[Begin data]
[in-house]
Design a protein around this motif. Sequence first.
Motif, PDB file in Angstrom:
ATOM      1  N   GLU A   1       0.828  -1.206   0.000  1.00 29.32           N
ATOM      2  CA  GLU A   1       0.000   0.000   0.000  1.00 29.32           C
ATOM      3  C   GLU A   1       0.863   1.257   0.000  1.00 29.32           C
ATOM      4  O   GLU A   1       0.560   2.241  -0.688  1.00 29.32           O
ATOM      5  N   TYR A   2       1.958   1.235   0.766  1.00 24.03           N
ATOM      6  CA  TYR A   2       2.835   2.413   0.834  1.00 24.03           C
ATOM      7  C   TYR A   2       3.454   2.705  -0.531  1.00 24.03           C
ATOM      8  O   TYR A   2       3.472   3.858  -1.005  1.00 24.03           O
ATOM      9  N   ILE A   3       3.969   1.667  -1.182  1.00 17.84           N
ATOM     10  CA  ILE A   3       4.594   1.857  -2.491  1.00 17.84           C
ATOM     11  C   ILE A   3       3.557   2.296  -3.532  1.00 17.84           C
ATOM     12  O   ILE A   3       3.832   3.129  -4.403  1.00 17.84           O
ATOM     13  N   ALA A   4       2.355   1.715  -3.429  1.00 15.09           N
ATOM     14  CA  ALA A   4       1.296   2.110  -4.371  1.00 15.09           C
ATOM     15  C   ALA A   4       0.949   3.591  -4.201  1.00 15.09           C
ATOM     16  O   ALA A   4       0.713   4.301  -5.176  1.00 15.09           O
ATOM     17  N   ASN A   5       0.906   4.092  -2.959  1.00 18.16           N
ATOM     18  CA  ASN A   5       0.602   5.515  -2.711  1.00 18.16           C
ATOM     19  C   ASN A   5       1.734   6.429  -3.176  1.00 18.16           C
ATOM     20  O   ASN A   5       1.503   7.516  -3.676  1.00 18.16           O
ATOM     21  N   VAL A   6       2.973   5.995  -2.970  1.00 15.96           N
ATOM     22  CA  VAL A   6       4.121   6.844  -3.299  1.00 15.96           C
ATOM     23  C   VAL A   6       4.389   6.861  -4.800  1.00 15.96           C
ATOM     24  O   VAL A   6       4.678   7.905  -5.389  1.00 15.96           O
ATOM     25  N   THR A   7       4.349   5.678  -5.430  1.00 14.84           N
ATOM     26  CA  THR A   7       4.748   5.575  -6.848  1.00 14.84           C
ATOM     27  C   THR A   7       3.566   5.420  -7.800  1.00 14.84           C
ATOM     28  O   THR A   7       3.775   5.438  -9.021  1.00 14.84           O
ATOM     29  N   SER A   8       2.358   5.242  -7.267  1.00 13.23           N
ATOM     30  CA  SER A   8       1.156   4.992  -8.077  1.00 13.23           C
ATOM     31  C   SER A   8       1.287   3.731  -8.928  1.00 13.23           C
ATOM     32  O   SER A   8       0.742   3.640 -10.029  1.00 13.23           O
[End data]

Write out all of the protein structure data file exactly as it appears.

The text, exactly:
[in-house]
Design a protein around this motif. Sequence first.
Motif, PDB file in Angstrom:
ATOM      1  N   GLU A   1       0.828  -1.206   0.000  1.00 29.32           N
ATOM      2  CA  GLU A   1       0.000   0.000   0.000  1.00 29.32           C
ATOM      3  C   GLU A   1       0.863   1.257   0.000  1.00 29.32           C
ATOM      4  O   GLU A   1       0.560   2.241  -0.688  1.00 29.32           O
ATOM      5  N   TYR A   2       1.958   1.235   0.766  1.00 24.03           N
ATOM      6  CA  TYR A   2       2.835   2.413   0.834  1.00 24.03           C
ATOM      7  C   TYR A   2       3.454   2.705  -0.531  1.00 24.03           C
ATOM      8  O   TYR A   2       3.472   3.858  -1.005  1.00 24.03           O
ATOM      9  N   ILE A   3       3.969   1.667  -1.182  1.00 17.84           N
ATOM     10  CA  ILE A   3       4.594   1.857  -2.491  1.00 17.84           C
ATOM     11  C   ILE A   3       3.557   2.296  -3.532  1.00 17.84           C
ATOM     12  O   ILE A   3       3.832   3.129  -4.403  1.00 17.84           O
ATOM     13  N   ALA A   4       2.355   1.715  -3.429  1.00 15.09           N
ATOM     14  CA  ALA A   4       1.296   2.110  -4.371  1.00 15.09           C
ATOM     15  C   ALA A   4       0.949   3.591  -4.201  1.00 15.09           C
ATOM     16  O   ALA A   4       0.713   4.301  -5.176  1.00 15.09           O
ATOM     17  N   ASN A   5       0.906   4.092  -2.959  1.00 18.16           N
ATOM     18  CA  ASN A   5       0.602   5.515  -2.711  1.00 18.16           C
ATOM     19  C   ASN A   5       1.734   6.429  -3.176  1.00 18.16           C
ATOM     20  O   ASN A   5       1.503   7.516  -3.676  1.00 18.16           O
ATOM     21  N   VAL A   6       2.973   5.995  -2.970  1.00 15.96           N
ATOM     22  CA  VAL A   6       4.121   6.844  -3.299  1.00 15.96           C
ATOM     23  C   VAL A   6       4.389   6.861  -4.800  1.00 15.96           C
ATOM     24  O   VAL A   6       4.678   7.905  -5.389  1.00 15.96           O
ATOM     25  N   THR A   7       4.349   5.678  -5.430  1.00 14.84           N
ATOM     26  CA  THR A   7       4.748   5.575  -6.848  1.00 14.84           C
ATOM     27  C   THR A   7       3.566   5.420  -7.800  1.00 14.84           C
ATOM     28  O   THR A   7       3.775   5.438  -9.021  1.00 14.84           O
ATOM     29  N   SER A   8       2.358   5.242  -7.267  1.00 13.23           N
ATOM     30  CA  SER A   8       1.156   4.992  -8.077  1.00 13.23           C
ATOM     31  C   SER A   8       1.287   3.731  -8.928  1.00 13.23           C
ATOM     32  O   SER A   8       0.742   3.640 -10.029  1.00 13.23           O